The Iranians have failed to provide satisfactory answers to several questions and the US negotiators seemed happy with the stonewalling by Iran. The IAEA asked about the possible military dimensions—the so-called PMDs—of their nuclear program. Iran is still refusing to provide satisfactory answers Iran has failed to explain why it purchased materials needed to build many thousands of high speed centrifuges to refine the gas into weapon-grade uranium? And why Natanz and Fordow nuclear facilities which house the centrifuges were built secretly?
Jeffrey Goldberg suggested that the Fordow plant should be crippled and sealed with cement.

We also don't have clear and convincing answers to the following:
* Has Iran agreed specifically to allow unfettered and unlimited access to Fordow and Natnz by IAEA inspectors?
* Has Iran agreed to allow unannounced intrusive inspection to take place and without delay or notice to any site it chooses?
* Do IAEA monitors have access to every part of the program without obstructions (centrifuges, uranium machinery etc.)?
* Has Iran agreed to get rid of all the enriched uranium and how?
* Are the verification procedures and mechanisms adequate to detect any deviation or cheating by ran?

In an Op-Ed piece in the New York Times recently John R. Bolton, former US Ambassador to the UN said this "We cannot verify and must not trust Iran's promises on nuclear weapons. Ignore the 'moderate' smokescreen. Sanctions have failed, so our choice is stark: use military force or let Tehran get the bomb".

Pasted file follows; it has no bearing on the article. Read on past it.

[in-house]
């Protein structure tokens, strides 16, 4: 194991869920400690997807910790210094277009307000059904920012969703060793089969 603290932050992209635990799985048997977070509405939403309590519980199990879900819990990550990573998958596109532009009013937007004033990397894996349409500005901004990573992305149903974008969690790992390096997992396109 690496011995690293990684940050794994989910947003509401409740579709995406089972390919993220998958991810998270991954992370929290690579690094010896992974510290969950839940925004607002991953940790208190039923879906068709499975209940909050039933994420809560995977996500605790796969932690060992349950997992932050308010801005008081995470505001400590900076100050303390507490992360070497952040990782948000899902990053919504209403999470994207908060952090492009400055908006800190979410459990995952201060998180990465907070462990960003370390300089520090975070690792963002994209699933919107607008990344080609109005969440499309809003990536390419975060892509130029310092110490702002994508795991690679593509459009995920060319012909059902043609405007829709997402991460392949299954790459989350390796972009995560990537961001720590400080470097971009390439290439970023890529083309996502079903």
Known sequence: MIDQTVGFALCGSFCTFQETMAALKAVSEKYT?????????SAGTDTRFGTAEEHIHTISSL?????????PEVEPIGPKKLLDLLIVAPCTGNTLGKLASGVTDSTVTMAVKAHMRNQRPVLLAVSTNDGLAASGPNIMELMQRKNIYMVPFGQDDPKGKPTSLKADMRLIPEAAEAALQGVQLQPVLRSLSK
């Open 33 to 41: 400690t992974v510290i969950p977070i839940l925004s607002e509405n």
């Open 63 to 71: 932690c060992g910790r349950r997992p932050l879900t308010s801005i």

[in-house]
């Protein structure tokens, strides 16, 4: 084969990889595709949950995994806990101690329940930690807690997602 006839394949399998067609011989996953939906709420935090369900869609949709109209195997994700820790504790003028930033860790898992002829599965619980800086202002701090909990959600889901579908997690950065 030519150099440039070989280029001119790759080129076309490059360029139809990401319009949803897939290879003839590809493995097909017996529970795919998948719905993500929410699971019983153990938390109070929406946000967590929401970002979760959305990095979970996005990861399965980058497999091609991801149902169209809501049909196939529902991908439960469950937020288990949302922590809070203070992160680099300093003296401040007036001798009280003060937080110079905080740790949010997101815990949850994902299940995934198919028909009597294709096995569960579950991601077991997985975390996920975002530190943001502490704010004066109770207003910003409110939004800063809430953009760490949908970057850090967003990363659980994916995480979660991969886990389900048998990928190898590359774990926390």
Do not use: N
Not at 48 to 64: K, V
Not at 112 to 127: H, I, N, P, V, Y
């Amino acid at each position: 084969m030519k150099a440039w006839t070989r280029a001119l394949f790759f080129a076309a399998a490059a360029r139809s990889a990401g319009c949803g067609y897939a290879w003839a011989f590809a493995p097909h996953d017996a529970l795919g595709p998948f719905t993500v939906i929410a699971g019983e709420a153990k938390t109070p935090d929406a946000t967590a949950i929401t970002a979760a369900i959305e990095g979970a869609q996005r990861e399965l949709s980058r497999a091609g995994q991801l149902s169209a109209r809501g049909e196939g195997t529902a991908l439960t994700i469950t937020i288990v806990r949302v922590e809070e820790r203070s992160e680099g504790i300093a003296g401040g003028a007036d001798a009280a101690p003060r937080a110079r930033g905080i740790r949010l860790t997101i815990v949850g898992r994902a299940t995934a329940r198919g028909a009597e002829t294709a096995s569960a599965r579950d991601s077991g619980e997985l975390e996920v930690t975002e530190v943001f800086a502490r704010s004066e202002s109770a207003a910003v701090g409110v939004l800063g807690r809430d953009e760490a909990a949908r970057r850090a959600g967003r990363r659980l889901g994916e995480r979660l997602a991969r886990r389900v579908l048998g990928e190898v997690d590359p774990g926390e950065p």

One other important issue Iran has been dodging and has failed to provide satisfactory answers for is the "Orchid Office" activities. The IAEA discovered that the Fakhrizadeh's "Orchid Office" was responsible for developing mechanisms for generating nuclear explosions with the uranium. The Shahab 3 rocket was modified to carry nuclear weapons with 1200 mile reach. The IAEA wanted to know more about Mr. Mohsen Fakhrizadeh who established the Orchid Office where weapons research was carried out. Iran refused to answer.


President Obama himself revealed some 6 years ago (Sept 2009) the existence of the Fordow facility for uranium enrichment. Why doesn't the USA negotiators insist that this plant is closed and dismantled as Jeffrey Goldberg suggested? 


The Iranians are fully aware of Obama's concessions to induce them to engage in these futile negotiations. Both Obama and Kerry are desperate to achieve a foreign policy success of some sort after the debacle in Syria and Iraq. Obama and Kerry are apparently oblivious to Iran's subversive influence on Iraq, Syria, Lebanon and Yemen. Iran is also very keen to get the economic sanctions lifted. It badly needs the money to fund the Assad regime, Hezbollah, the Houthis in Yemen and Shi'ite militias operation in Syria and Iraq.


No matter what kind of nuclear deal is reached, good, bad or indifferent, the Iranians will claim victory. Iranian opposition figures I interviewed are amazed at the Obama administration's naiveté in adopting the Iranian perspective on the Middle East. Iran is part of the problem, and has never been part of any solution.

Barely hours after the signing of an interim agreement in Geneva (24th November 2013) to temporarily freeze Iran's nuclear enrichment programme, President Rouhani said the interim deal recognised Iran's nuclear "rights".


In March 2014, President Rouhani insisted that Iran would not abandon its enrichment of uranium, after US senators called for it to be denied any such right under a long-term nuclear deal.
Supreme leader Ayatollah Ali Khamenei said on 9th April 2014 that Iran will never give up its nuclear programme. He said Iran had agreed to the talks to "break the hostile atmosphere" with the international community.


It would be unwise to lift sanctions before Iran comes clean on all aspects of its nuclear program.

Nehad Ismail is UK based writer/broadcaster with special interest in Middle Eastern Issues